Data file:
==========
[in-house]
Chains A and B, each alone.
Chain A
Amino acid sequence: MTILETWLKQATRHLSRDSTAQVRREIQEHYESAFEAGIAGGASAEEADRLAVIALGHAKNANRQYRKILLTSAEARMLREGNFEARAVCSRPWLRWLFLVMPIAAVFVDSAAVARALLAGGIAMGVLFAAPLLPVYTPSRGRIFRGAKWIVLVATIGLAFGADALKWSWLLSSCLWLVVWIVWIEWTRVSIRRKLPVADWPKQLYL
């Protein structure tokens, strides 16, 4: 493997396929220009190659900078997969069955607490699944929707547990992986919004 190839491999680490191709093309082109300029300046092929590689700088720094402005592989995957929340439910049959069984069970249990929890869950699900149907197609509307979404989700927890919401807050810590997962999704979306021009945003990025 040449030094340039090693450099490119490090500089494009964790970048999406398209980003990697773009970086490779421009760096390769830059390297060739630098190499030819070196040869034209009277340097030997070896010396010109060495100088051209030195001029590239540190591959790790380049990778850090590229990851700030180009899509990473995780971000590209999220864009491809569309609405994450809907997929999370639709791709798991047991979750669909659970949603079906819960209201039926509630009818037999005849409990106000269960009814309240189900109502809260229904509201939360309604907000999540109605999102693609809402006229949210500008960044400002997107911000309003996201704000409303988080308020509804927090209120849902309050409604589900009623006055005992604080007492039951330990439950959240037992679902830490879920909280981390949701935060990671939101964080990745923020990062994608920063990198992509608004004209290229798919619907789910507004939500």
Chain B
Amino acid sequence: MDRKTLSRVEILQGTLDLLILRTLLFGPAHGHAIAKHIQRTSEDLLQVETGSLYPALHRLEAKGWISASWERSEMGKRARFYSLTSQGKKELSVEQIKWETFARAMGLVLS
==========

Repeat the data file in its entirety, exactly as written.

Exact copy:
[in-house]
Chains A and B, each alone.
Chain A
Amino acid sequence: MTILETWLKQATRHLSRDSTAQVRREIQEHYESAFEAGIAGGASAEEADRLAVIALGHAKNANRQYRKILLTSAEARMLREGNFEARAVCSRPWLRWLFLVMPIAAVFVDSAAVARALLAGGIAMGVLFAAPLLPVYTPSRGRIFRGAKWIVLVATIGLAFGADALKWSWLLSSCLWLVVWIVWIEWTRVSIRRKLPVADWPKQLYL
């Protein structure tokens, strides 16, 4: 493997396929220009190659900078997969069955607490699944929707547990992986919004 190839491999680490191709093309082109300029300046092929590689700088720094402005592989995957929340439910049959069984069970249990929890869950699900149907197609509307979404989700927890919401807050810590997962999704979306021009945003990025 040449030094340039090693450099490119490090500089494009964790970048999406398209980003990697773009970086490779421009760096390769830059390297060739630098190499030819070196040869034209009277340097030997070896010396010109060495100088051209030195001029590239540190591959790790380049990778850090590229990851700030180009899509990473995780971000590209999220864009491809569309609405994450809907997929999370639709791709798991047991979750669909659970949603079906819960209201039926509630009818037999005849409990106000269960009814309240189900109502809260229904509201939360309604907000999540109605999102693609809402006229949210500008960044400002997107911000309003996201704000409303988080308020509804927090209120849902309050409604589900009623006055005992604080007492039951330990439950959240037992679902830490879920909280981390949701935060990671939101964080990745923020990062994608920063990198992509608004004209290229798919619907789910507004939500």
Chain B
Amino acid sequence: MDRKTLSRVEILQGTLDLLILRTLLFGPAHGHAIAKHIQRTSEDLLQVETGSLYPALHRLEAKGWISASWERSEMGKRARFYSLTSQGKKELSVEQIKWETFARAMGLVLS